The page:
I don't remember how it happened, but I ended up with Maine. I think Mrs. Lewis must have assigned it to me from the seventeen or so states that were still left when she got to the Polish Zone. Lord knows what Tina Zybinski ended up with, probably South Carolina or Delaware or someplace.
Now, don't get me wrong, I think South Carolina and Delaware are great places. So is Maine. Maine has Moose and fall colors and maple syrup and beaches and the Appalachian Trail and Acadia National Park, but I didn't know that when I was in the fourth grade. To my mind, Maine was just so much unclaimed merchandise dropped at the curbside, just another cast off for the Polish Zone kids.
Kind of like my "Comin' Round the Mountain" block. In Kindergarten. That was my instrument, a block. I'm talking about an actual piece of wood. I used to beat on it with a spoon or something. That was life in the Polish Zone. Stacie Alvarez got the triangle. Jimmy Bailey got the tambourine. I got a piece of wood and a spoon.
Things didn't improve in high school. They had this system where you would request your electives at the beginning of the year, and if they had room in the elective you asked for, they'd put you in that, and if they didn’t have room, they'd assign you to some other, less sought after elective.
And how did they decide who got first pick of the electives? Right. They went through the school roster.
That's how I ended up taking two years of Latin.
And you know something, Latin was like Maine for me. Sure I resented it at first, but as the years went by, I realized what a useful thing Latin was and what a remarkable opportunity I'd chanced upon by virtue of my bottom-of-the-roster pseudo-Slavic surname.
You know the wonderful thing about studying Latin? Latin teaches you to be precise. When you've studied Latin, you know how to pull apart big words, and even some not-so-big words, and break them up into little Latin components. You can speak and understand English very precisely because you know what each little Latin component means.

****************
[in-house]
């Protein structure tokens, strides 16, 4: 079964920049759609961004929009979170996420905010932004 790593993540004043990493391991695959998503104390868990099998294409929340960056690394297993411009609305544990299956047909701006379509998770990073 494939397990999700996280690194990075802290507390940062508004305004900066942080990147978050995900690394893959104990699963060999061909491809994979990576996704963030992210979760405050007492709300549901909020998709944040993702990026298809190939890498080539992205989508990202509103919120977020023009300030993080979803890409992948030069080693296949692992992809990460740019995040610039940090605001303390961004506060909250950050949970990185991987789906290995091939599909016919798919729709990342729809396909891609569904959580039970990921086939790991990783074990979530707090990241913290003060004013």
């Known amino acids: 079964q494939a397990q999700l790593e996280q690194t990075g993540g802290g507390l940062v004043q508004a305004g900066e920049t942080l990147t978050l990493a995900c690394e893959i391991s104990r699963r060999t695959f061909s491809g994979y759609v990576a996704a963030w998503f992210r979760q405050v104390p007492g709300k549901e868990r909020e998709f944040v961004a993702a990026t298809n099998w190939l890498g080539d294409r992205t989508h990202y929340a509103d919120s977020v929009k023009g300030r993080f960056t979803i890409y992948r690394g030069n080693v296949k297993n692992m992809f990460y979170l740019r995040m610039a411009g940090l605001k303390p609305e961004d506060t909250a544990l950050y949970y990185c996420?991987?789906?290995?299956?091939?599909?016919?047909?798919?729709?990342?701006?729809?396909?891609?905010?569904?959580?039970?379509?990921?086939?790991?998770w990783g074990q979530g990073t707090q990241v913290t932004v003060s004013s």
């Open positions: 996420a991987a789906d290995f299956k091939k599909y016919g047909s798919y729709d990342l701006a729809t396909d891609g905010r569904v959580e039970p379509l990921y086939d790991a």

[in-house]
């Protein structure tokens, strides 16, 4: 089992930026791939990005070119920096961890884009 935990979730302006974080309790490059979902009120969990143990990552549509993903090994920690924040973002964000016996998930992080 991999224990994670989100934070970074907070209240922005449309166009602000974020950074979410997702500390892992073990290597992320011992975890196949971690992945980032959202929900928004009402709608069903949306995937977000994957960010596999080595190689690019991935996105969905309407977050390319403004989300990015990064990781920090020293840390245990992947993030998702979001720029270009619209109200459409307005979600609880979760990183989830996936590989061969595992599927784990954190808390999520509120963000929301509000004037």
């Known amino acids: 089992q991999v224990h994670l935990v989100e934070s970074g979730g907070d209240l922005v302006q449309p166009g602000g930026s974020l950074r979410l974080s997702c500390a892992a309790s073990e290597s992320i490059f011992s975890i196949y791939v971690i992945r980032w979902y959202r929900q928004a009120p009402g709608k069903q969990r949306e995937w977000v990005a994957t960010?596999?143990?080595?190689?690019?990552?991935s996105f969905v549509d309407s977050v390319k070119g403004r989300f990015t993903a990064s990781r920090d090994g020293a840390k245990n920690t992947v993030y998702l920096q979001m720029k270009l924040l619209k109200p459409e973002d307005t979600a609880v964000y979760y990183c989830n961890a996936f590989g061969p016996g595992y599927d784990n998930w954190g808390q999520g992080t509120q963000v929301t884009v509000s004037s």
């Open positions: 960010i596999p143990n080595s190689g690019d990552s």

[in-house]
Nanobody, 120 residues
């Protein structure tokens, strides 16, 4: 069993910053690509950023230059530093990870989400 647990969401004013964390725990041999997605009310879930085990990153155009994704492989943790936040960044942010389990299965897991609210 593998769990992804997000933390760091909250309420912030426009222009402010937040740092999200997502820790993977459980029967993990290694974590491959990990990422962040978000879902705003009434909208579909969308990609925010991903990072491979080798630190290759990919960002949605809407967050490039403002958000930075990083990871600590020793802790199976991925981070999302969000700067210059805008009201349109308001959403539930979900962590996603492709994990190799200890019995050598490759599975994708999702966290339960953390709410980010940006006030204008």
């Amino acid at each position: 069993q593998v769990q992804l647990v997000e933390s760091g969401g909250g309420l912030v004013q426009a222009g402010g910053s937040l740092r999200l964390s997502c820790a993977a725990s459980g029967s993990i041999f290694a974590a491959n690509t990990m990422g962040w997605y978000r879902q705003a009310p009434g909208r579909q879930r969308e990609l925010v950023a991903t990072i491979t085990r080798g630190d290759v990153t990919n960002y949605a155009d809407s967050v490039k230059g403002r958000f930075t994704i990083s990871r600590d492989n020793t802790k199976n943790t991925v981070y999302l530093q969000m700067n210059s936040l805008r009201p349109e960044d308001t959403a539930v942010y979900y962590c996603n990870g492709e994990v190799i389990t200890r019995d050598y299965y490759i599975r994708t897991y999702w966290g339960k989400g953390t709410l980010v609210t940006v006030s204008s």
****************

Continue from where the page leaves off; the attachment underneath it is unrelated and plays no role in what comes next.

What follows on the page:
And I think it's important to be precise when you're part of the anti-circumcision movement, because that movement tends to be very particular about words. For example, the word uncircumcised. The anti-circumcision movement, for the most part, shuns and disdains uncircumcised. Why? Because it's a negative. When you say "uncircumcised," you imply that circumcision is the normal or default state of being, kind of the way that "insane" implies that sanity is the default mental state of being.
So in our movement, we don't say "uncircumcised." We say "intact."
The problem is, as we Latin scholars know, intact is also a negative. It's formed from the Latin word tactus, meaning "touch" and the Latin negative prefix in. Intact means "untouched." Etymologically speaking, it's every bit as much a negative as uncircumcised.
Uh oh. Now what word do we use? Intact seemed like such a convenient word, and we've been using it for decades. We even call ourselves "Intactivists." Are we going to have to reprint all the brochures?
Well, no. I don't think so. One thing I've learned from living all these years in the Polish Zone is, you work with what you got. If all you got is a wooden block and a spoon, work with that. You'll make just as much noise as the kid with the tambourine. So just keep pounding, and don't let yourself get discouraged.